How do I ease gastric pain and bloatedness?

PHOTO: How do I ease gastric pain and bloatedness?

In traditional Chinese medicine (TCM), stomach bloating and pain are probably due to the deficiency in the stomach, spleen and liver.

Q. I am a 40-year-old man. I have been experiencing gastric pain and feeling bloated for many years. At times, I wake up in the morning with gastric pain.

Sometimes, my stomach has so much gas that my legs feel wobbly if I do not pass it out, but doing so can be embarrassing. Sometimes, a sip of milk or cold drink causes significant discomfort in the tummy.

I went for a scope and computed tomography (CT) scan. They showed that I have Helicobacter bacteria and I took strong antibiotics. I have also seen traditional Chinese medicine practitioners. But my condition has not improved.

I maintain a healthy diet and exercise regularly. I avoid milk, cold drinks and spicy food but I cannot go without caffeine drinks such as coffee and tea. Is there any way to reduce the pain and feeling of bloatedness?

In traditional Chinese medicine (TCM), stomach bloating and pain are probably due to the deficiency in the stomach, spleen and liver.

In TCM, a good flow of qi (energy) is needed for good health. When the stomach is weak (due to chronic illnesses), it will not be able to digest food. The qi in the stomach will fail to descend as it should and this will trigger upper abdominal fullness and pain, especially after meals, with poor appetite, loose stool and fatigue.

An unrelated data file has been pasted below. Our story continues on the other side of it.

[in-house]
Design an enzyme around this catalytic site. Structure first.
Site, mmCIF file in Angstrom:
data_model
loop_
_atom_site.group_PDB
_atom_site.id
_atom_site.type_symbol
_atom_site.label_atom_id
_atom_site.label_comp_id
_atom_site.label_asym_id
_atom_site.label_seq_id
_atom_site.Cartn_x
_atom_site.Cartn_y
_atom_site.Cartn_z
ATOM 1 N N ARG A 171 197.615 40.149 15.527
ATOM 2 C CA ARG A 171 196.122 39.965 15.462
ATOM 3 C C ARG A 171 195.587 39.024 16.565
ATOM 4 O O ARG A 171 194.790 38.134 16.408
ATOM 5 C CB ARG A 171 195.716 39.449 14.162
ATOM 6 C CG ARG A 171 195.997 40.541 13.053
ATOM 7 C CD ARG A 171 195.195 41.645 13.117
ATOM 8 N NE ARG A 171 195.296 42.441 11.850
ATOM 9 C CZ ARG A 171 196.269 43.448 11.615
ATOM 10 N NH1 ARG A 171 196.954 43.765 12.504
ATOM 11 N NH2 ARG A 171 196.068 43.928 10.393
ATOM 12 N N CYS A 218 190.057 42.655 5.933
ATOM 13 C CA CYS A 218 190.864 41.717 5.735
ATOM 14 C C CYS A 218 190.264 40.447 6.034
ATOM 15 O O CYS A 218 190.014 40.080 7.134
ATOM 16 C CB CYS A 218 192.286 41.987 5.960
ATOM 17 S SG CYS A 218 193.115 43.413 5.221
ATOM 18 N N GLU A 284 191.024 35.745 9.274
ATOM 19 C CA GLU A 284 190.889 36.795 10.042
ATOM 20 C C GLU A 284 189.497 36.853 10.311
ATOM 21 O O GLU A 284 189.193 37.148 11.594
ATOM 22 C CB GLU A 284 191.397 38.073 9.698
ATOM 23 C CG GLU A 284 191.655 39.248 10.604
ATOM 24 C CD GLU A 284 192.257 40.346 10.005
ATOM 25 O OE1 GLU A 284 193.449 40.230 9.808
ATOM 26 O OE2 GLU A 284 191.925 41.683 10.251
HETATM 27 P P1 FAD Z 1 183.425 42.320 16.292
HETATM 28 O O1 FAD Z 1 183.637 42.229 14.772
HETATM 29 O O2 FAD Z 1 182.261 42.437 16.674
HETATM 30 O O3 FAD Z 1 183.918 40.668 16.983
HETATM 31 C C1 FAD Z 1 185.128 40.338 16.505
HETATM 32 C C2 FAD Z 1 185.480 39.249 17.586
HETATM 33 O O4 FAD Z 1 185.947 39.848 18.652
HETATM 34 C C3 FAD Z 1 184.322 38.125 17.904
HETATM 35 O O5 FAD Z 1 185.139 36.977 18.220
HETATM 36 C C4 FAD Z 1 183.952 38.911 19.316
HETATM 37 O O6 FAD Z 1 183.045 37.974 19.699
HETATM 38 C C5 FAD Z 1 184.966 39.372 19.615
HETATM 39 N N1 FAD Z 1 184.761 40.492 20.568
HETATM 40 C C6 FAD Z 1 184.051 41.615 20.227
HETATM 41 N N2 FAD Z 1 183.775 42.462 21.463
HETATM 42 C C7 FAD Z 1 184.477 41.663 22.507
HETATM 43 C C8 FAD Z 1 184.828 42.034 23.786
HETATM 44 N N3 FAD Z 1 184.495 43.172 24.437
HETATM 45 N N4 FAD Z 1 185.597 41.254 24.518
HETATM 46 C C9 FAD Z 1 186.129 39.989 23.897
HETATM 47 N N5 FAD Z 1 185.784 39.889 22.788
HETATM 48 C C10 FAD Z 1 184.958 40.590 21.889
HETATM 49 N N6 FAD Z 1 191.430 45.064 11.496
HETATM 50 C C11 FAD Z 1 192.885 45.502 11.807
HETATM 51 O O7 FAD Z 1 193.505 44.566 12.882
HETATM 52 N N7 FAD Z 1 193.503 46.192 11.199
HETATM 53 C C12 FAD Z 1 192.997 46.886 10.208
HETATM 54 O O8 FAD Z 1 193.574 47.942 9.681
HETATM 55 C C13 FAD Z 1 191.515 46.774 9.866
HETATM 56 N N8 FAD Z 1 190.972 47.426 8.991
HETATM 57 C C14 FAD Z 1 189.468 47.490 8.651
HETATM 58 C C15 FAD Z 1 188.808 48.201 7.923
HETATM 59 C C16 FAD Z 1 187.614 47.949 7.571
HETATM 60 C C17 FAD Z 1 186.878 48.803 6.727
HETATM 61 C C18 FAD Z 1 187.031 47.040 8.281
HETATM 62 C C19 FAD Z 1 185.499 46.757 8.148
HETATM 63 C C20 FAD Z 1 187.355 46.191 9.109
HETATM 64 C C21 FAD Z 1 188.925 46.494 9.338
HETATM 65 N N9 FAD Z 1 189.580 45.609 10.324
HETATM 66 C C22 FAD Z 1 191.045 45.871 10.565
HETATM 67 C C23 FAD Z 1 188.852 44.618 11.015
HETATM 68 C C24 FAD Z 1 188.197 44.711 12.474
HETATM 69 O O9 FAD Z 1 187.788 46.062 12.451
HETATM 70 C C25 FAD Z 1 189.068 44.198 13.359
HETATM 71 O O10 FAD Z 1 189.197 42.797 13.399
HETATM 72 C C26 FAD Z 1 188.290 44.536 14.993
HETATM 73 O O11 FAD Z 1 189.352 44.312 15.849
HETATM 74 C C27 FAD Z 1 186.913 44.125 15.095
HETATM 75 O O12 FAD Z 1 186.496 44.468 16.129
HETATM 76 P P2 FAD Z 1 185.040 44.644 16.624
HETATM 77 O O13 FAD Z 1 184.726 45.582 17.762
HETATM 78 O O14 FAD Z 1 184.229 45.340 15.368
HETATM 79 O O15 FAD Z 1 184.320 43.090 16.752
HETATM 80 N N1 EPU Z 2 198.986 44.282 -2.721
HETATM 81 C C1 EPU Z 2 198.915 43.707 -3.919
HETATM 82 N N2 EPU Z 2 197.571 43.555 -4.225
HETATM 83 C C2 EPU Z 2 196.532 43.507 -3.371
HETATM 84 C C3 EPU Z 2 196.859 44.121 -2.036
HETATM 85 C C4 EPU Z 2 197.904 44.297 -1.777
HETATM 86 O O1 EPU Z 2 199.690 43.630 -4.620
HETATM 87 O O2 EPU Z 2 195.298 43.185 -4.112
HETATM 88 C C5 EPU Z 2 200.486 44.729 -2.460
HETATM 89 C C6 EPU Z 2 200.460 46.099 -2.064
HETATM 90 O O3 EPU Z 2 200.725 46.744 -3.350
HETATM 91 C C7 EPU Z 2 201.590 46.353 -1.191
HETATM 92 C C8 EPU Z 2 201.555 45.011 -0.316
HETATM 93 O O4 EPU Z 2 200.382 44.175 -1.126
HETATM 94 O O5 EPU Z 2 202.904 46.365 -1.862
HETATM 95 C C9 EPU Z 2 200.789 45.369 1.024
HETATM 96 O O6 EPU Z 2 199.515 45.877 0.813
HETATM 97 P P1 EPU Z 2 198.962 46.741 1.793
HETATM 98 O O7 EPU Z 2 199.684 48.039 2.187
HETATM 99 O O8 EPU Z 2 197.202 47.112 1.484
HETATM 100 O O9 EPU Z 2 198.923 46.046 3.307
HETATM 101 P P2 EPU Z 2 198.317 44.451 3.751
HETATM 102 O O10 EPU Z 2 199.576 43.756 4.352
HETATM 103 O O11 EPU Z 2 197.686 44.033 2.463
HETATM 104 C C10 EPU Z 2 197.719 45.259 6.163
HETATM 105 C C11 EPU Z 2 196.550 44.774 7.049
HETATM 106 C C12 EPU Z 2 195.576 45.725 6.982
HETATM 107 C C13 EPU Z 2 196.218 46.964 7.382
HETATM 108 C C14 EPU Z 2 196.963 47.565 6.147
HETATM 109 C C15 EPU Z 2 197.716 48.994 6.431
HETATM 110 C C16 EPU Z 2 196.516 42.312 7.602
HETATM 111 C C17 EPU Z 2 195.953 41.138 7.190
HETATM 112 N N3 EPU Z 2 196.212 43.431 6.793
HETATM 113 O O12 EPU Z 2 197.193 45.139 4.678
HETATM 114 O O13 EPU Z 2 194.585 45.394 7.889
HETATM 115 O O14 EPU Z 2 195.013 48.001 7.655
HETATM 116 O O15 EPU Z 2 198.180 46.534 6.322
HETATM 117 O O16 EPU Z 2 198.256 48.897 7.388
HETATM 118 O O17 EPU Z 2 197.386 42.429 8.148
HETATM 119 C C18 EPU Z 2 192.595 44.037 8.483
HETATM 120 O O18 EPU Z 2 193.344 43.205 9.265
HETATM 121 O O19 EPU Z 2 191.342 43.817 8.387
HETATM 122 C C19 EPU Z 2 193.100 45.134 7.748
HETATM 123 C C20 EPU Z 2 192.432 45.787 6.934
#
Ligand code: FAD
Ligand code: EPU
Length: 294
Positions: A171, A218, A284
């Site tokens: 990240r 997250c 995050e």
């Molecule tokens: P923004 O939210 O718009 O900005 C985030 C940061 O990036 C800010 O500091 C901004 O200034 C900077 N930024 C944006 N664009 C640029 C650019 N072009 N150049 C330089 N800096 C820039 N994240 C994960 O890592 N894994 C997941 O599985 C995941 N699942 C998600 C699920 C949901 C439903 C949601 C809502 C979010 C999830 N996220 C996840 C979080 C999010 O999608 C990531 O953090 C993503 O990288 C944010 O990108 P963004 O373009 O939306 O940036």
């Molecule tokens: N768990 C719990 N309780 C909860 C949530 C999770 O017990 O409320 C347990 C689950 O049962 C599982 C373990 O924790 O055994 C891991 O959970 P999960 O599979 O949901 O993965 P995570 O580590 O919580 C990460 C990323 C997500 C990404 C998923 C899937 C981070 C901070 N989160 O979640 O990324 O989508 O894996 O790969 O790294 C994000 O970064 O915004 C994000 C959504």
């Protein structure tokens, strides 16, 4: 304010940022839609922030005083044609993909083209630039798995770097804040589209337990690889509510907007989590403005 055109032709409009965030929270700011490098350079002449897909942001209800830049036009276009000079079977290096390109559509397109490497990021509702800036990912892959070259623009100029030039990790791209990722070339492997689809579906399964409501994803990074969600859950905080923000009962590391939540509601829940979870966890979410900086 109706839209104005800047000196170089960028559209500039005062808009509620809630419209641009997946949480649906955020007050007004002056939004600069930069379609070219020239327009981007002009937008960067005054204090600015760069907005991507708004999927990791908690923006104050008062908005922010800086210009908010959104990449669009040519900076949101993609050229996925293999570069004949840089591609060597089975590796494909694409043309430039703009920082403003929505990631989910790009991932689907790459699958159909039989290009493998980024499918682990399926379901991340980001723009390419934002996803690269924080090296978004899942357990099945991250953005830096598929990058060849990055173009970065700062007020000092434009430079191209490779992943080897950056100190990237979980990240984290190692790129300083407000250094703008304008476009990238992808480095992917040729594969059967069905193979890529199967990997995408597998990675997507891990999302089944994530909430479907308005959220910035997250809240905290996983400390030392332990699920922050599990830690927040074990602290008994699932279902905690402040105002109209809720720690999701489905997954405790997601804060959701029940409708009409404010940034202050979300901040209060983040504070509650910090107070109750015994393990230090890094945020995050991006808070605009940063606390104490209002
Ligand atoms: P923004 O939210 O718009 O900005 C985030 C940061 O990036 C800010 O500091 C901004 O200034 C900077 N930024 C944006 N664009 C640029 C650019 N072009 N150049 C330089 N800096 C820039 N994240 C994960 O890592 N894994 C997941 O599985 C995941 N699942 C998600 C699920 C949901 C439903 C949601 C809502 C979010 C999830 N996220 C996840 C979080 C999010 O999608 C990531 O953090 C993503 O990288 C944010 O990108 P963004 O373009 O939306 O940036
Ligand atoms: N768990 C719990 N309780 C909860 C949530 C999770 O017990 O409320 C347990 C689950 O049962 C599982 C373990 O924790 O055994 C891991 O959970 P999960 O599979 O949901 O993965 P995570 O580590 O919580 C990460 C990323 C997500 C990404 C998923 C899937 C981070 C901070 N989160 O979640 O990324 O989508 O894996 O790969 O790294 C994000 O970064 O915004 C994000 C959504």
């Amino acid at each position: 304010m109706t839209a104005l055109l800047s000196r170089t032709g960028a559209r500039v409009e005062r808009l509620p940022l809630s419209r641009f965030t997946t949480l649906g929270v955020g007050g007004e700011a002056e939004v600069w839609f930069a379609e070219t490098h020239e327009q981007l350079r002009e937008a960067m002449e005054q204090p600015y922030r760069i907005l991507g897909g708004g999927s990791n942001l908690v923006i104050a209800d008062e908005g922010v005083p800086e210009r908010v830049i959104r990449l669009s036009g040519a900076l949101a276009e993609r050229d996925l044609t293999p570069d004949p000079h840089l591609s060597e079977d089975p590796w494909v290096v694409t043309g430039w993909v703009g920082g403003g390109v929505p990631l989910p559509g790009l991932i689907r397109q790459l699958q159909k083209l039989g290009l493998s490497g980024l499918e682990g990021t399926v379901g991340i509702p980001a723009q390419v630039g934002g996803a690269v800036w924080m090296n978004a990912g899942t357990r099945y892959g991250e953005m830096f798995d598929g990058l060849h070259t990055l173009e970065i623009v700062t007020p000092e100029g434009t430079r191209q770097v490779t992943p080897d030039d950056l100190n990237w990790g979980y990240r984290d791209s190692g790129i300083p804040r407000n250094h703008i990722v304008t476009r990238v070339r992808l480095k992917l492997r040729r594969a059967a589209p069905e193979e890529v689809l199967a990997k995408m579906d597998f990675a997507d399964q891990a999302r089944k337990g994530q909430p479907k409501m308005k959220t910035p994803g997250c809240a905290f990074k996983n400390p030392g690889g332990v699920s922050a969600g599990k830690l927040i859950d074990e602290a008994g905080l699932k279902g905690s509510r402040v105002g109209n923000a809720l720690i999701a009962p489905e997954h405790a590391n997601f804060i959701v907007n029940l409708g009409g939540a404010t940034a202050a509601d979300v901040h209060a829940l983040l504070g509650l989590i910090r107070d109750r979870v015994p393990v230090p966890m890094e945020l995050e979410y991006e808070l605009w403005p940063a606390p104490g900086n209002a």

The spleen transforms nutrients from food into qi and blood. When the spleen is weak (due to smoking, alcohol consumption and poor diet, such as spicy, oily, roasted, barbecued and fried food), it will transform nutrients into "heat" and "dampness" instead.

This will trigger pain with a burning sensation in the upper abdomen, thirst without a desire to drink, a dry mouth with a bitter taste, yellow urine and poor bowel movements.

When the stomach and spleen are weak, "coldness" is generated within the body, triggering continuous bloating and pain in the stomach.

The pain will be more intense when the stomach is empty or when cold food and drinks are consumed.

It will be alleviated with warm food and drinks. Other symptoms include fatigue, poor appetite, diarrhoea and cold extremities.

The liver regulates qi circulation. When the liver is weak (due to intense emotions such as anxiety, anger or depression), qi in the liver will stagnate, and prevent qi in the stomach from descending.

This triggers distention and pain in the upper abdomen and the sides of the ribs. Chinese medicine, acupuncture, moxibustion and cupping can help ease your symptoms by strengthening your organs and dispelling disease-causing factors.

Moxibustion involves burning a small herb above acupuncture points to help healing. Cupping involves using fire and cups to create a vacuum on the skin to enhance blood and qi circulation.

Chinese medicine such as milkvetch root, liquorice root processed with honey, largehead atractylodes rhizome and large trifoliolious bugbane rhizome strengthen the stomach and spleen. Indian bread, pinellia tuber and officinal magnolia bark enhance qi circulation in the stomach and dispel "dampness".